Abbas Zoeb and his cats, Mimi and Bubba, were setting off on a new adventure earlier this month: a flight from Toronto to San Francisco for a move to the United States.
“The moment I saw the cage, the first instinct wasn’t happy,” Zoeb said. “It was: ‘I’m worried if they’re alive or not,’ honestly.”
Air Canada declined to discuss the situation, but said that “our customer service team remains in contact with the customer about their case.” A screenshot of an email reviewed by The Washington Post shows an Air Canada representative apologizing to Zoeb for the incident.
The airline says on its website that it is not accepting new requests for pets to travel in the baggage compartment through Sept. 12 “due to longer than usual airport delays, and for the safety and comfort of your pet.”
Zoeb, a Canadian citizen who lives in Toronto, said his ordeal unfolded on July 6, when customs officials had questions about the dates on his visa. They took him to an office to get more information, he said, and the process took so long he realized he would miss the flight.
He said a representative from Air Canada who came to the office told him they would take care of his baggage. When he told them he had pets, they said that would also be taken care of. He said he was told no pets could board if the passenger wasn’t flying.
What followed, Zoeb said, was a full day at the airport waiting in line at check-in counters and baggage claim, asking workers about the whereabouts of his pets. He was assured that the cats — a brother and sister who are a year and seven months old — couldn’t fly without him.
“I was completely lost because everyone did say the pets are there, but I didn’t see the pets,” he said. “I just had a bad feeling that something has happened because they are just too nonchalant about this.”
Finally, he said, someone from the airline called with bad news: Mimi and Bubba had mistakenly ended up on the plane without him — though his luggage had been taken off.
“I did say that, yeah, this is obviously stupid, but I don’t really care about complaining and stuff right now, because all I care about is the cats,” Zoeb said. Air Canada told him he could go to San Francisco and retrieve the cats, he said, or have someone else pick them up there. Either way, they would be unattended for hours.
Zoeb said he asked the airline if they could return Mimi and Bubba to Toronto; finally, an employee told him they would be placed on a return flight and arrive late that evening.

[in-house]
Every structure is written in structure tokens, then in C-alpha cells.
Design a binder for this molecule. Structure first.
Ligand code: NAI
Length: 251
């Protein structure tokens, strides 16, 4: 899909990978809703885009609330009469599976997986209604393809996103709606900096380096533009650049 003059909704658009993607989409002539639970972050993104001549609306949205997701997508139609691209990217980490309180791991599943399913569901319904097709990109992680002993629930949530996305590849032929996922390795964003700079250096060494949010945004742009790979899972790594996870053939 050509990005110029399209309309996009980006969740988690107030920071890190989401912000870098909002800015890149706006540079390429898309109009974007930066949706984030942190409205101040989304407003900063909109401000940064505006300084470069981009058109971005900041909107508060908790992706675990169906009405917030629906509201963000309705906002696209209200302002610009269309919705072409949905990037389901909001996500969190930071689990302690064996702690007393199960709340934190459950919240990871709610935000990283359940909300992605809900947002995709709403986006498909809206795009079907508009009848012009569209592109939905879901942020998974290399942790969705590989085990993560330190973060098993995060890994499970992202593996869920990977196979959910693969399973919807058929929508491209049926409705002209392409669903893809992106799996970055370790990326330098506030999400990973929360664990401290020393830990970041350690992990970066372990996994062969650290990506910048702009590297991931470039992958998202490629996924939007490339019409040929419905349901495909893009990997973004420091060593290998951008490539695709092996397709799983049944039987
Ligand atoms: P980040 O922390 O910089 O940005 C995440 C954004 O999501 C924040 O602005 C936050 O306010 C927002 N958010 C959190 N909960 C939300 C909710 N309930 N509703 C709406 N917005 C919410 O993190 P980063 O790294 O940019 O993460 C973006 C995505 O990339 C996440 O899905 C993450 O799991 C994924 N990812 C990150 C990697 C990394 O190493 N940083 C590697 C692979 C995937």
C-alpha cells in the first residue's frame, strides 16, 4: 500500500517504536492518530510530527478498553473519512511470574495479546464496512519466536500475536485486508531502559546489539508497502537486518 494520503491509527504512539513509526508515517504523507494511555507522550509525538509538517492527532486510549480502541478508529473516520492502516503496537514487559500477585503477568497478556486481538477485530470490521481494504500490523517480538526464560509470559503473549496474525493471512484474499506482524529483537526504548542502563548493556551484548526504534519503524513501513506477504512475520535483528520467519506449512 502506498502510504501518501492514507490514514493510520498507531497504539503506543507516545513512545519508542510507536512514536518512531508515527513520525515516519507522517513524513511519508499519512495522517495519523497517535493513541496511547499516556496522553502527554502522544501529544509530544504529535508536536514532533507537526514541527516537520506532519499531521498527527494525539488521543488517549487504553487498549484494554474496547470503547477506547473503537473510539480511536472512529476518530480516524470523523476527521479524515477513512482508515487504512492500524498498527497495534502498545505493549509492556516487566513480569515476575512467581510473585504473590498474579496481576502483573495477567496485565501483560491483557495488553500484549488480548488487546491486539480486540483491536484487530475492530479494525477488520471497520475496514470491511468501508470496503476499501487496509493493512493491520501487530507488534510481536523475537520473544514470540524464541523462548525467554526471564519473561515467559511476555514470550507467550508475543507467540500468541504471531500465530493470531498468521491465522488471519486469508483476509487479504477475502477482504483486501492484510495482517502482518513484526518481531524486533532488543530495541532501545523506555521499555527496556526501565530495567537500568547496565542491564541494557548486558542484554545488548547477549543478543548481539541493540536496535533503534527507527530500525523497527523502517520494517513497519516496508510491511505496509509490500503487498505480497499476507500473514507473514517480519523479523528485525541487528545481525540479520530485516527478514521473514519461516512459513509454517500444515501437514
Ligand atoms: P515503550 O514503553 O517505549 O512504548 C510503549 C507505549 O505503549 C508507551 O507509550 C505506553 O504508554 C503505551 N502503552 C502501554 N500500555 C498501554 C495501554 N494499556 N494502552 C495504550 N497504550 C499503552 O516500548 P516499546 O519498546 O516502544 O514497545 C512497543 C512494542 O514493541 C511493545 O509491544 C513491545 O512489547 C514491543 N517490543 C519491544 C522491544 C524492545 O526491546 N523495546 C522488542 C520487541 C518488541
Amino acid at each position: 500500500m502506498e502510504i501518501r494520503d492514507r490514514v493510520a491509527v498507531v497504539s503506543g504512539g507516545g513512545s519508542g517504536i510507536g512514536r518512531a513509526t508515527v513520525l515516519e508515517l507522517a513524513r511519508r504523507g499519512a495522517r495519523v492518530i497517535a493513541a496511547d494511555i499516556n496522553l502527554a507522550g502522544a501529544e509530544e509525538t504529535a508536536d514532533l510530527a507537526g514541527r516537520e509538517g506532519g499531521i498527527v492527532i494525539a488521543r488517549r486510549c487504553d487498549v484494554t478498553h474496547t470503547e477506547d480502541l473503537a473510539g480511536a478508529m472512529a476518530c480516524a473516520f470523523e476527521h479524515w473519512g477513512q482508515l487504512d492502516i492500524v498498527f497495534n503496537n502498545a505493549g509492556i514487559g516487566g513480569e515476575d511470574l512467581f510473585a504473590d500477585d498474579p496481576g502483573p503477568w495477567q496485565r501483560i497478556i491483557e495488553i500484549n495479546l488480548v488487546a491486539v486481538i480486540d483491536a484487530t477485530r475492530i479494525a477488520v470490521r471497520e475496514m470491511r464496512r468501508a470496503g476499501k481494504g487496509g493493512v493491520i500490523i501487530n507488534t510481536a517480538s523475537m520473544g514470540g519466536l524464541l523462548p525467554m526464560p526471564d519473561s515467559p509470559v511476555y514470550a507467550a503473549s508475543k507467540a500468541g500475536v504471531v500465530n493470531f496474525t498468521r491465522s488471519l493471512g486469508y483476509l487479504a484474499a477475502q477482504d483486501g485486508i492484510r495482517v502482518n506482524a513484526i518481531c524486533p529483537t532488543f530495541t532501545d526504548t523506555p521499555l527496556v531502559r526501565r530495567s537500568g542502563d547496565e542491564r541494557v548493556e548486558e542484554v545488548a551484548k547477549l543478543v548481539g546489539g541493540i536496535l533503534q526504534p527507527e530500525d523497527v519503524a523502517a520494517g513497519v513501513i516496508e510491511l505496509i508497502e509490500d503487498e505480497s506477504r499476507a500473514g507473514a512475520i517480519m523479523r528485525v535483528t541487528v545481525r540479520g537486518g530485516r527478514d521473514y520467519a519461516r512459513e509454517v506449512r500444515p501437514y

The three were finally reunited about 11:45 p.m. Mimi and Bubba survived but appeared unwell to their owner. Zoeb said the cats looked tired, were not playful and were sneezing for about a week.
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He said that someone from the airline initially said they would look into what happened. Zoeb eventually contacted a reporter from Business Insider, which published a story about the situation on Saturday. He communicated with a customer service representative Monday, though he said he felt their response was lacking.
The airline told him that it was refunding the ticket, pet fees, baggage and other fees for the missed flight and offered 200 Canadian dollars ($155 in U.S. currency) to use toward a future flight.
“I sincerely apologize that we were unable to retrieve your two cats to you in time when you were unable to travel to San Francisco as originally planned,” said an email screenshot reviewed by The Washington Post. “I do wish the best in health for you and your cats.”
Zoeb said he thinks the airline owes him a more proper, public apology and heftier compensation. He is considering whether he can find help to take legal action to hold the airline accountable. Air passenger protections in Canada say airlines must compensate travelers up to $2,300 to replace items lost or damaged while in the carrier’s control. If a bag is delayed, they must provide up to the same amount for items the traveler may need until the bag is returned.
“$200 is totally insignificant for how much I’ve been going through and how much time I’ve put towards this and what my pets have gone through,” he said. “I did let them know that that is not an acceptable apology or not an acceptable amount if they want to rectify anything....They said that’s the most they can do.”
Zoeb is still moving to the United States — Wednesday, in fact. But the cats are staying with his parents until he can figure out a ground transportation solution.
“I learned from my mistake,” he said.
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